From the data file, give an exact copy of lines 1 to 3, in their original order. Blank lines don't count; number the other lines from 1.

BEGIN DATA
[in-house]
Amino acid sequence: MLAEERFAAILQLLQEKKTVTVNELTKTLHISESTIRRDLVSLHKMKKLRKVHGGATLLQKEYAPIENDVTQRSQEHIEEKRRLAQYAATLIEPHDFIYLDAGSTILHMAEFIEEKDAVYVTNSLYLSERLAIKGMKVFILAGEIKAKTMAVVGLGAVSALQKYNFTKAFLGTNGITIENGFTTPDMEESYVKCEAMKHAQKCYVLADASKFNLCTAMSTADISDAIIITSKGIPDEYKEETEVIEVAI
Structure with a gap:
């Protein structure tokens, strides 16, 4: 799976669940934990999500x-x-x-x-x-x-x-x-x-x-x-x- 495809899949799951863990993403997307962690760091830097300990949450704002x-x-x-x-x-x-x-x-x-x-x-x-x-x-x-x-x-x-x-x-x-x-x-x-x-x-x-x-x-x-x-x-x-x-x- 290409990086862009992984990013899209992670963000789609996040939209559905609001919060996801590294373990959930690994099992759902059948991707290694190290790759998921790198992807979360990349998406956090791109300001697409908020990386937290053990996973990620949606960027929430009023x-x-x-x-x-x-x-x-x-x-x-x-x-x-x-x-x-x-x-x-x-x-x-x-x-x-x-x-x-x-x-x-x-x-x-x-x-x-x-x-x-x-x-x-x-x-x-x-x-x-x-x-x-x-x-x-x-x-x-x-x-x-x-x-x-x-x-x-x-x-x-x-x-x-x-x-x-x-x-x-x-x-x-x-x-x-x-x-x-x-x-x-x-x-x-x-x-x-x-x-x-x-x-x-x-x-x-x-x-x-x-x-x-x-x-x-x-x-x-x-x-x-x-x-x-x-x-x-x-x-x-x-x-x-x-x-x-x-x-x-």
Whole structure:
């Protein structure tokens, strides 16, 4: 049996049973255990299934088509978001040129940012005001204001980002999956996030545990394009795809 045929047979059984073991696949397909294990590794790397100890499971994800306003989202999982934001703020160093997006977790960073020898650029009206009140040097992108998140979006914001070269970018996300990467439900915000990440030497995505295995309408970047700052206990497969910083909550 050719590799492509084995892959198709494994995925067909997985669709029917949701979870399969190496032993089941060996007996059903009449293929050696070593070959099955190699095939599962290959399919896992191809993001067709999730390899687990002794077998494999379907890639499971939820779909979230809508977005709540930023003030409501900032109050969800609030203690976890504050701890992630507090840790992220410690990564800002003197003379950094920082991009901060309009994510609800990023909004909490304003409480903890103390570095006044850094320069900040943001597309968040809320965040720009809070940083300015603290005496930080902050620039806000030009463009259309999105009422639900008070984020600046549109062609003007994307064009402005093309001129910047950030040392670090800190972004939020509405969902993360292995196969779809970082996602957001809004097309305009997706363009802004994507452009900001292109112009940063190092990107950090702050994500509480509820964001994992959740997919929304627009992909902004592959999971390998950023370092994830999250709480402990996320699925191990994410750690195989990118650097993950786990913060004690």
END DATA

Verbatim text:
[in-house]
Amino acid sequence: MLAEERFAAILQLLQEKKTVTVNELTKTLHISESTIRRDLVSLHKMKKLRKVHGGATLLQKEYAPIENDVTQRSQEHIEEKRRLAQYAATLIEPHDFIYLDAGSTILHMAEFIEEKDAVYVTNSLYLSERLAIKGMKVFILAGEIKAKTMAVVGLGAVSALQKYNFTKAFLGTNGITIENGFTTPDMEESYVKCEAMKHAQKCYVLADASKFNLCTAMSTADISDAIIITSKGIPDEYKEETEVIEVAI
Structure with a gap: